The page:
News Analysis

Vendors acknowledge NAC-NAP roadmap limits

Dennis Fisher, News Director

Two years after pledging to work together on a joint network access control architecture, Microsoft and Cisco Systems last week delivered on their promise, unveiling a roadmap for an interoperable NAC solution.

But the roadmap is a long one, and although it does weave together elements of each company's NAC offering, giving customers some flexibility, it does not offer much hope for enterprises running non-Windows or non-Cisco environments.

The architecture itself is a hybrid, comprising elements of Microsoft's Network Access Protection (NAP) and Cisco's Network Admission Control (NAC) solutions. It relies heavily on the use of Cisco routers and switches, as would be expected, and will be incorporated into Microsoft's Longhorn Server, scheduled for release in the second half of 2007.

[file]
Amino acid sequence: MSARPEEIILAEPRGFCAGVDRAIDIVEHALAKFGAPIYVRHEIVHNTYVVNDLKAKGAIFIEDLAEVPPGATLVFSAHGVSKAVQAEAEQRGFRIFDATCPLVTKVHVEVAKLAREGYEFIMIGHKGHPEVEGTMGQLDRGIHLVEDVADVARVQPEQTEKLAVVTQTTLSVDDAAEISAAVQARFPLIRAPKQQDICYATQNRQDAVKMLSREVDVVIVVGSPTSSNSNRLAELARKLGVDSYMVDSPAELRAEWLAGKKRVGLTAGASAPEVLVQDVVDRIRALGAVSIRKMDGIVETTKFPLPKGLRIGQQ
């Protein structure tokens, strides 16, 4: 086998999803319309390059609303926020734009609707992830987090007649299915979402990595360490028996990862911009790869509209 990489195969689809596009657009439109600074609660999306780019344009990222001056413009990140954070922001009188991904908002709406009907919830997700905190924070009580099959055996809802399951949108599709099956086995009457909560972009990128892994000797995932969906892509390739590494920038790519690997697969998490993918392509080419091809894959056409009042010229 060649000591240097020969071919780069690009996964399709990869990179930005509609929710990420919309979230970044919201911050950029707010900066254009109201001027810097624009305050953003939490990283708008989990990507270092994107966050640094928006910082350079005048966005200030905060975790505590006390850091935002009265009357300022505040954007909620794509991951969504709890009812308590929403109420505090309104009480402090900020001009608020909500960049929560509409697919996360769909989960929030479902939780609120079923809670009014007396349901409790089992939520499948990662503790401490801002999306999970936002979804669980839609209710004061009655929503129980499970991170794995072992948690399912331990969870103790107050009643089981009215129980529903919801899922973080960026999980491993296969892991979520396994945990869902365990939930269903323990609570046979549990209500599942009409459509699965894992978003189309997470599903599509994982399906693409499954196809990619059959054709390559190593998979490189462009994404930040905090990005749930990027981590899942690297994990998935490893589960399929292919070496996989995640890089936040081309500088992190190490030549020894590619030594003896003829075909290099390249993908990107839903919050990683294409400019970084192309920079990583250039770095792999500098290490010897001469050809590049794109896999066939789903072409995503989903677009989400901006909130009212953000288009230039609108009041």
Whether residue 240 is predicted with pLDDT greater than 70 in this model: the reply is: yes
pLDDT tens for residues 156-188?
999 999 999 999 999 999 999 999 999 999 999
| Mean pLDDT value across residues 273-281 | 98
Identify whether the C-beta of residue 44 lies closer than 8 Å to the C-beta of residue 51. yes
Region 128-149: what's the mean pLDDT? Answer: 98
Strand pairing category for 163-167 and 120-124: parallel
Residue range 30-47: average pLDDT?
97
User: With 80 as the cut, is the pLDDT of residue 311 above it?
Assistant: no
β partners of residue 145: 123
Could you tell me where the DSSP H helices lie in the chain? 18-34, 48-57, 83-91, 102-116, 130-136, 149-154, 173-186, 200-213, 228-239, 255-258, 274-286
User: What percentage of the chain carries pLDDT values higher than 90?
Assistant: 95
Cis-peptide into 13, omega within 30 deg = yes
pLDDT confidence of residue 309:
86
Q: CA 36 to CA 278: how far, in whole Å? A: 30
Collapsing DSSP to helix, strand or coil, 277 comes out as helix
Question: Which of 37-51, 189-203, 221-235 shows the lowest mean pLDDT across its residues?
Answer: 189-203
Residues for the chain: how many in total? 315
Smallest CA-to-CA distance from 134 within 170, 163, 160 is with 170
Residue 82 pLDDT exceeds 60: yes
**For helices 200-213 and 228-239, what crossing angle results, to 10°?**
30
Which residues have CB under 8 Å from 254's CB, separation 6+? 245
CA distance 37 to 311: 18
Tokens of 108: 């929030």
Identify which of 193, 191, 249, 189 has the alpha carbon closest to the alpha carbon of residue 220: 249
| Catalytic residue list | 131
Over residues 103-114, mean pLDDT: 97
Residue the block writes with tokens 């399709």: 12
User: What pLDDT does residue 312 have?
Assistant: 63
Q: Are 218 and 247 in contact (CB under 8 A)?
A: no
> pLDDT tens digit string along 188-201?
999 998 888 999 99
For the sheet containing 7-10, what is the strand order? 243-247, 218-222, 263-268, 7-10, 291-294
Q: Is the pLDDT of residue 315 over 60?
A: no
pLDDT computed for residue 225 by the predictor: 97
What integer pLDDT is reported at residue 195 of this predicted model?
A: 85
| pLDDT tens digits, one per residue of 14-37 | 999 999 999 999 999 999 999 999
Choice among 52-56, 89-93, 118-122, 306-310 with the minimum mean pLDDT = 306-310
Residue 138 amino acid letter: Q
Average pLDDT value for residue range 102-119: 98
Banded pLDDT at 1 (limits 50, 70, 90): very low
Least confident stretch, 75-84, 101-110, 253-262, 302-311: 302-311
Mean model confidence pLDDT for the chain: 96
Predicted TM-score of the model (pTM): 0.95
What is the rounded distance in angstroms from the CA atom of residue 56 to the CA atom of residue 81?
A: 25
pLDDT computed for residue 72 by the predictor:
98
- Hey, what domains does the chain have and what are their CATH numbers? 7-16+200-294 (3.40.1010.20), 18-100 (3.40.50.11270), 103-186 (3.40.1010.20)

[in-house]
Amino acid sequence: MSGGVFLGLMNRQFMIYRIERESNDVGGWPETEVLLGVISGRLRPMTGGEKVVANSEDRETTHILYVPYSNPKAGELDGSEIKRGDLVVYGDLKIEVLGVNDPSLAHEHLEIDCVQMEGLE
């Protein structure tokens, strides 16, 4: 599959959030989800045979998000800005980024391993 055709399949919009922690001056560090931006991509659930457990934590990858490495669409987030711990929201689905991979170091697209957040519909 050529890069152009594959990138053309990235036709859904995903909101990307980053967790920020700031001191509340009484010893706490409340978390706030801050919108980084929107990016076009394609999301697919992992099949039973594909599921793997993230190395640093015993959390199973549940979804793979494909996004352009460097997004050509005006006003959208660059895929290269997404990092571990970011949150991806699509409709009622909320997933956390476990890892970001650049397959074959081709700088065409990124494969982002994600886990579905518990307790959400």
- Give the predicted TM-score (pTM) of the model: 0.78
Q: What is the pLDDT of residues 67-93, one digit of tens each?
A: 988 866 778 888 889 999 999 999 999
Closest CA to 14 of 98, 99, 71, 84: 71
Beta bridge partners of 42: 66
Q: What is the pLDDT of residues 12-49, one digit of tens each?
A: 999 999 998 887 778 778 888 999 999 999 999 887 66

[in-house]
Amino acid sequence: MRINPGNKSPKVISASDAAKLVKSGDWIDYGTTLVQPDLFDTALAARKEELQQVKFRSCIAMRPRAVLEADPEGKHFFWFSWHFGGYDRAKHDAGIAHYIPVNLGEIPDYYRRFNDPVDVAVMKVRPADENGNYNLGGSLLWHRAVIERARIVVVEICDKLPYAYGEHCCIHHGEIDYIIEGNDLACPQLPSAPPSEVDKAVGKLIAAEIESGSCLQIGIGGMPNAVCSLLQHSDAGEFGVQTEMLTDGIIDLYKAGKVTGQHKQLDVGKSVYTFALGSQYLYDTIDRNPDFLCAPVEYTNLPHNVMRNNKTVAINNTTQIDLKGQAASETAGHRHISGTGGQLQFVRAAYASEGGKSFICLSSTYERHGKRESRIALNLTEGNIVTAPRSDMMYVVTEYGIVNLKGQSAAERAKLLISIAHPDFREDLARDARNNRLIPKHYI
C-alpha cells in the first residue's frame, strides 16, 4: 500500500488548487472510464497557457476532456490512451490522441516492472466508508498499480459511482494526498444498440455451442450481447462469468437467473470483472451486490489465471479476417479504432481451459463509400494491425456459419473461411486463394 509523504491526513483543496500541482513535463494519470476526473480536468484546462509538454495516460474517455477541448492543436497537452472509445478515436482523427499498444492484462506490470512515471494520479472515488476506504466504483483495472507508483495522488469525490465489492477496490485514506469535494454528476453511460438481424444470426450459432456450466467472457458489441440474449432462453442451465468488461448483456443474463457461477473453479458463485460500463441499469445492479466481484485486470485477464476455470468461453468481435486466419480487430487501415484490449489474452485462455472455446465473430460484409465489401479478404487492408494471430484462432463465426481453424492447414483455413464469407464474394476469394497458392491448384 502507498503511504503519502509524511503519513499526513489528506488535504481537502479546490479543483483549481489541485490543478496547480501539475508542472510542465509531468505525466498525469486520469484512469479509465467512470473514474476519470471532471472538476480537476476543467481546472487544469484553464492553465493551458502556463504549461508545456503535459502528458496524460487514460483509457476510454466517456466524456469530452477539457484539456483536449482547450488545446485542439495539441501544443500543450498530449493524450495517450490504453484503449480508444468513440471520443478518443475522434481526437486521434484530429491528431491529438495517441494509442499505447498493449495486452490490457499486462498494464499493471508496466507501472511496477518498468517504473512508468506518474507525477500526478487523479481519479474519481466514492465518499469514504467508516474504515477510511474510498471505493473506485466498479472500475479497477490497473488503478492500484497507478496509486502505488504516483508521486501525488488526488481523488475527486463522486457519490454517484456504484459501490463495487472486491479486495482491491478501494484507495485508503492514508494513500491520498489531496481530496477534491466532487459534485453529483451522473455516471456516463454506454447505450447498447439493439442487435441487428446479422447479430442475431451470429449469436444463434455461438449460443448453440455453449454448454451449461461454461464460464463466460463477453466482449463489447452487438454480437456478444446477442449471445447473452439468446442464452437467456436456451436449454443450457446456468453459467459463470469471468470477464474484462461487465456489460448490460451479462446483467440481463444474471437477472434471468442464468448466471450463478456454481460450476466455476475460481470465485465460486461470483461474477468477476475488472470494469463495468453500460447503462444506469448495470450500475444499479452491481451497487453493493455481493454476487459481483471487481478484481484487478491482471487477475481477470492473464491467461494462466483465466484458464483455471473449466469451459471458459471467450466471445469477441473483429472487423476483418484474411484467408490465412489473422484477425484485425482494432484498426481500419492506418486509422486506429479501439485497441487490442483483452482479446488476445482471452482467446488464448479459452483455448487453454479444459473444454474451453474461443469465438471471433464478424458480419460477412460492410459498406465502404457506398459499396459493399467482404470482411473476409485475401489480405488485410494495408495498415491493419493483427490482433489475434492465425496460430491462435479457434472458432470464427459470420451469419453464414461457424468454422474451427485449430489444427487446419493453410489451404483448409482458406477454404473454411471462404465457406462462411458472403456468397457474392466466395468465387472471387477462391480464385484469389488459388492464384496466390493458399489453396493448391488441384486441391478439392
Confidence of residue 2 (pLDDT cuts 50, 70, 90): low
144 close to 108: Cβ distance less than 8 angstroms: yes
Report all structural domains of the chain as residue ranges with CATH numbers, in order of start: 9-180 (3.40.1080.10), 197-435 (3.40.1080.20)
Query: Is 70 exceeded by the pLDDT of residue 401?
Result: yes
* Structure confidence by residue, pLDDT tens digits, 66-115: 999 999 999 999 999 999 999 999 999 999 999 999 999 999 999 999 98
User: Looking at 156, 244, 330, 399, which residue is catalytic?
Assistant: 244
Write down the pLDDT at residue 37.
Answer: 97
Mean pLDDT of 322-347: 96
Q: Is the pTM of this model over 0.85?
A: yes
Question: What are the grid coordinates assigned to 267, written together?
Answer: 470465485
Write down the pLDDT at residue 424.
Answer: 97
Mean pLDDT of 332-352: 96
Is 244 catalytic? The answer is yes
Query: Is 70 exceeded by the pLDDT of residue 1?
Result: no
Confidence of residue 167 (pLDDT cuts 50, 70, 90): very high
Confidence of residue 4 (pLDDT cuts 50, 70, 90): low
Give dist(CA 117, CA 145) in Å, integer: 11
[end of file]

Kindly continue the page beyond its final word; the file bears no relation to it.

The system will be offered to a limited number of beta customers later this fall, but Cisco and Microsoft officials said customers should not anticipate a lot of bells and whistles when they deploy the joint solution.

"It won't be flashy, because it shouldn't be. The recurring them here is choice, giving customers a choice on which components to use," said Bob Gleichauf, CTO of the Security Technology Group at Cisco.

The choices are, in fact, limited to Cisco or Microsoft components. The companies plan to license some of the proprietary protocols they developed to third-party vendors, and Cisco's standalone NAC solution does provide support for non-Windows devices. Bit the joint architecture is designed to run best on Cisco networking gear and Windows systems.

Still, officials from the two companies acknowledged that many enterprises may opt for other NAC solutions.

"Some form of admission control will be standard on enterprise networks," said Mark Ashida, general manager of the Enterprise Networking Group at Microsoft.

Ashida and Gleichof also made it clear that the work their companies did on the NAC-NAP solution is not the end of their cooperation.

"This is a model Cisco and Microsoft can return to over and over," Gleichauf said.


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